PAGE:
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mood1

[mood] /mud/
noun
1.
a state or quality of feeling at a particular time:
What's the boss' mood today?
2.
a distinctive emotional quality or character:
The mood of the music was almost funereal.
3.
a prevailing emotional tone or general attitude:
the country's mood.
4.
a frame of mind disposed or receptive, as to some activity or thing:
I'm not in the mood to see a movie.
5.
a state of sullenness, gloom, or bad temper.
Origin
900
before 900; Middle English; Old English mōd mind, spirit; courage; cognate with German Mut, Gothic mōths courage, Old Norse mōthr anger
Synonyms
1. temper, humor, disposition, inclination.

mood2

[mood] /mud/
noun
1.
Grammar.
  1. a set of categories for which the verb is inflected in many languages, and that is typically used to indicate the syntactic relation of the clause in which the verb occurs to other clauses in the sentence, or the attitude of the speaker toward what he or she is saying, as certainty or uncertainty, wish or command, emphasis or hesitancy.
  2. a set of syntactic devices in some languages that is similar to this set in function or meaning, involving the use of auxiliary words, as can, may, might.
  3. any of the categories of these sets:
    the Latin indicative, imperative, and subjunctive moods.
2.
Logic. a classification of categorical syllogisms by the use of three letters that name, respectively, the major premise, the minor premise, and the conclusion.
Also called mode.
Origin
1525-35; special use of mood1 by influence of mode1
Dictionary.com Unabridged
Based on the Random House Dictionary, © Random House, Inc. 2014.
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Examples from the web for mood
  • mood describes how you feel in response to how you are.
  • Today's mind-altering chemicals can improve your memory, alertness, and mood.
  • Those are always my favorite, but depending on my mood I could play anything.
  • I'm in the mood for something exotic.
  • Smith's collection is for children who are in the mood for silliness.
  • No wonder these people tend to be in a bad mood.
  • And even as it disseminates the mood, the press might also help to set it.
  • Then see how much your cognitive and creative skills improve, to say nothing of your mood.
  • Manic-depressive illness, also called biopolar disorder, is known best by the sharp mood swings it causes.
  • Each artist not only painted the events and characters differently, but also the spirit and mood of the episode.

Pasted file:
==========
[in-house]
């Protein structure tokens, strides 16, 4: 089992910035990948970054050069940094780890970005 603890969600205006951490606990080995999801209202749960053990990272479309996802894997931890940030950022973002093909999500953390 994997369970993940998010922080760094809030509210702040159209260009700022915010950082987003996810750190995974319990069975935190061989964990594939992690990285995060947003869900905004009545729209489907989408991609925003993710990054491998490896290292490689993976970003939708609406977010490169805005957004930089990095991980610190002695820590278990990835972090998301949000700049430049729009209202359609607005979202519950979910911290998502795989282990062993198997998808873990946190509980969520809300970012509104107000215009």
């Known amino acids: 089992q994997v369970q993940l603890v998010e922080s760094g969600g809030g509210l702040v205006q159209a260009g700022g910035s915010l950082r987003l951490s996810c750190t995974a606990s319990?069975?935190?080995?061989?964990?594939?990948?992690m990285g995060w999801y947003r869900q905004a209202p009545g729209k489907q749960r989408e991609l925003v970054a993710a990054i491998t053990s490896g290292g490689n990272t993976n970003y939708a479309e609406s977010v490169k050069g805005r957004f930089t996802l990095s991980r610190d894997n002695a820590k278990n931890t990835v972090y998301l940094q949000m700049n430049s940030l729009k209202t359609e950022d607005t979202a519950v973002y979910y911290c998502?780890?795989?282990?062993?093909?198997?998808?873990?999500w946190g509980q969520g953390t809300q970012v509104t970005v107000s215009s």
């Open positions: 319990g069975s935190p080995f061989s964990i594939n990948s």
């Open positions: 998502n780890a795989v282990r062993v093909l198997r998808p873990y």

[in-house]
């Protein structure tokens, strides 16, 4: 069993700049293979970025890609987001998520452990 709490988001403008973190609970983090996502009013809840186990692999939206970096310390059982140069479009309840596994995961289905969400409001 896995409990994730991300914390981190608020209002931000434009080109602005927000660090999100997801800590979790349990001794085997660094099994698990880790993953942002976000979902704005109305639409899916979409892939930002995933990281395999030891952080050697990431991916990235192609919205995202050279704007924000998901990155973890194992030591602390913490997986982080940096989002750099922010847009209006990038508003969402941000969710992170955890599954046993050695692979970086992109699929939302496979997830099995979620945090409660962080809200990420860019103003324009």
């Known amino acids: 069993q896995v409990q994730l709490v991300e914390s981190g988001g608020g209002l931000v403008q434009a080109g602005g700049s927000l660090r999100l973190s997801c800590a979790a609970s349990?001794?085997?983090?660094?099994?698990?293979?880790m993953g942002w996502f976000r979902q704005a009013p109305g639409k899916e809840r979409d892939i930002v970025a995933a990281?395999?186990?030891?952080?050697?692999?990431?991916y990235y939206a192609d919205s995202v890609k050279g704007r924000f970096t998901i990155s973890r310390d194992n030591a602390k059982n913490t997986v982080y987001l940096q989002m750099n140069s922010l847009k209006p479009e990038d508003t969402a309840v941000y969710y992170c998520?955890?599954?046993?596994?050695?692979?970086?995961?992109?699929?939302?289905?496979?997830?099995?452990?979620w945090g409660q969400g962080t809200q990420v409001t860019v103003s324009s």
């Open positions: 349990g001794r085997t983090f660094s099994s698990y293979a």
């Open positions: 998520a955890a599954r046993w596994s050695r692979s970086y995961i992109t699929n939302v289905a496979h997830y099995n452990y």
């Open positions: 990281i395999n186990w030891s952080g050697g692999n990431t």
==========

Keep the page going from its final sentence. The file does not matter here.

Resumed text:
British Dictionary definitions for mood

mood1

/muːd/
noun
1.
a temporary state of mind or temper: a cheerful mood
2.
a sullen or gloomy state of mind, esp when temporary: she's in a mood
3.
a prevailing atmosphere or feeling
4.
in the mood, in a favourable state of mind (for something or to do something)
Word Origin
Old English mōd mind, feeling; compare Old Norse mōthr grief, wrath

mood2

/muːd/
noun
1.
(grammar) a category of the verb or verbal inflections that expresses semantic and grammatical differences, including such forms as the indicative, subjunctive, and imperative
2.
(logic) one of the possible arrangements of the syllogism, classified solely by whether the component propositions are universal or particular and affirmative or negative Compare figure (sense 18)
Ancient name mode
Word Origin
C16: from mood1, influenced in meaning by mode
Collins English Dictionary - Complete & Unabridged 2012 Digital Edition
© William Collins Sons & Co. Ltd. 1979, 1986 © HarperCollins
Publishers 1998, 2000, 2003, 2005, 2006, 2007, 2009, 2012
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Word Origin and History for mood
n.

"emotional condition, frame of mind," Old English mod "heart, frame of mind, spirit; courage, arrogance, pride; power, violence," from Proto-Germanic *motha- (cf. Old Saxon mod "mind, courage," Old Frisian mod "intellect, mind, intention," Old Norse moðr "wrath, anger," Middle Dutch moet, Dutch moed, Old High German muot, German Mut "courage," Gothic moþs "courage, anger"), of unknown origin.

A much more vigorous word in Anglo-Saxon than currently, and used widely in compounds (e.g. modcræftig "intelligent," modful "proud"). To be in the mood "willing (to do something)" is from 1580s. First record of mood swings is from 1942.

"grammatical form indicating the function of a verb," 1560s, an alteration of mode (n.1), but the grammatical and musical (1590s) usages of it influenced the meaning of mood (n.1) in phrases such as light-hearted mood.

Online Etymology Dictionary, © 2010 Douglas Harper
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mood in Medicine

mood 1 (mōōd)
n.
A state of mind or emotion.

The American Heritage® Stedman's Medical Dictionary
Copyright © 2002, 2001, 1995 by Houghton Mifflin Company. Published by Houghton Mifflin Company.
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Idioms and Phrases with mood
The American Heritage® Idioms Dictionary
Copyright © 2002, 2001, 1995 by Houghton Mifflin Company. Published by Houghton Mifflin Company.
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7
8
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